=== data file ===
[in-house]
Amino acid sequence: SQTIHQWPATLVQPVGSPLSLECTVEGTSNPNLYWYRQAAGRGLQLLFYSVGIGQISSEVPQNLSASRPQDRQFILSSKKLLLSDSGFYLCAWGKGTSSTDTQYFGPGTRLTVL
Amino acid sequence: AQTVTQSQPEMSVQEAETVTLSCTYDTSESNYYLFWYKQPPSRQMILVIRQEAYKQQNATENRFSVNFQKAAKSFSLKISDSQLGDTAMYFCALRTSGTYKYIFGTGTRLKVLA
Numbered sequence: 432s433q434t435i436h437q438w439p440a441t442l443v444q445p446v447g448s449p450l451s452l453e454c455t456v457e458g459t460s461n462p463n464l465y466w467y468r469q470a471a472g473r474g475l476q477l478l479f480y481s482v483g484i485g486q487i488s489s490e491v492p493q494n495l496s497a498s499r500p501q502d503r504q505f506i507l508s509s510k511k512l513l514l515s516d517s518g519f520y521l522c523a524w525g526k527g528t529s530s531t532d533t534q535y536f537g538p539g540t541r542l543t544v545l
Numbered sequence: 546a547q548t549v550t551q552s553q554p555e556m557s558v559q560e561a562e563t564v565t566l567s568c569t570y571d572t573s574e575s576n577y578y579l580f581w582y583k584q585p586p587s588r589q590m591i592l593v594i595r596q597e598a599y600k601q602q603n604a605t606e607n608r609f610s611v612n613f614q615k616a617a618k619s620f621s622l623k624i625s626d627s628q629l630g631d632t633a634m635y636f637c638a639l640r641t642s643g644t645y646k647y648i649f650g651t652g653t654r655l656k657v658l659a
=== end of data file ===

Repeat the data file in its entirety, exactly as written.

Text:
[in-house]
Amino acid sequence: SQTIHQWPATLVQPVGSPLSLECTVEGTSNPNLYWYRQAAGRGLQLLFYSVGIGQISSEVPQNLSASRPQDRQFILSSKKLLLSDSGFYLCAWGKGTSSTDTQYFGPGTRLTVL
Amino acid sequence: AQTVTQSQPEMSVQEAETVTLSCTYDTSESNYYLFWYKQPPSRQMILVIRQEAYKQQNATENRFSVNFQKAAKSFSLKISDSQLGDTAMYFCALRTSGTYKYIFGTGTRLKVLA
Numbered sequence: 432s433q434t435i436h437q438w439p440a441t442l443v444q445p446v447g448s449p450l451s452l453e454c455t456v457e458g459t460s461n462p463n464l465y466w467y468r469q470a471a472g473r474g475l476q477l478l479f480y481s482v483g484i485g486q487i488s489s490e491v492p493q494n495l496s497a498s499r500p501q502d503r504q505f506i507l508s509s510k511k512l513l514l515s516d517s518g519f520y521l522c523a524w525g526k527g528t529s530s531t532d533t534q535y536f537g538p539g540t541r542l543t544v545l
Numbered sequence: 546a547q548t549v550t551q552s553q554p555e556m557s558v559q560e561a562e563t564v565t566l567s568c569t570y571d572t573s574e575s576n577y578y579l580f581w582y583k584q585p586p587s588r589q590m591i592l593v594i595r596q597e598a599y600k601q602q603n604a605t606e607n608r609f610s611v612n613f614q615k616a617a618k619s620f621s622l623k624i625s626d627s628q629l630g631d632t633a634m635y636f637c638a639l640r641t642s643g644t645y646k647y648i649f650g651t652g653t654r655l656k657v658l659a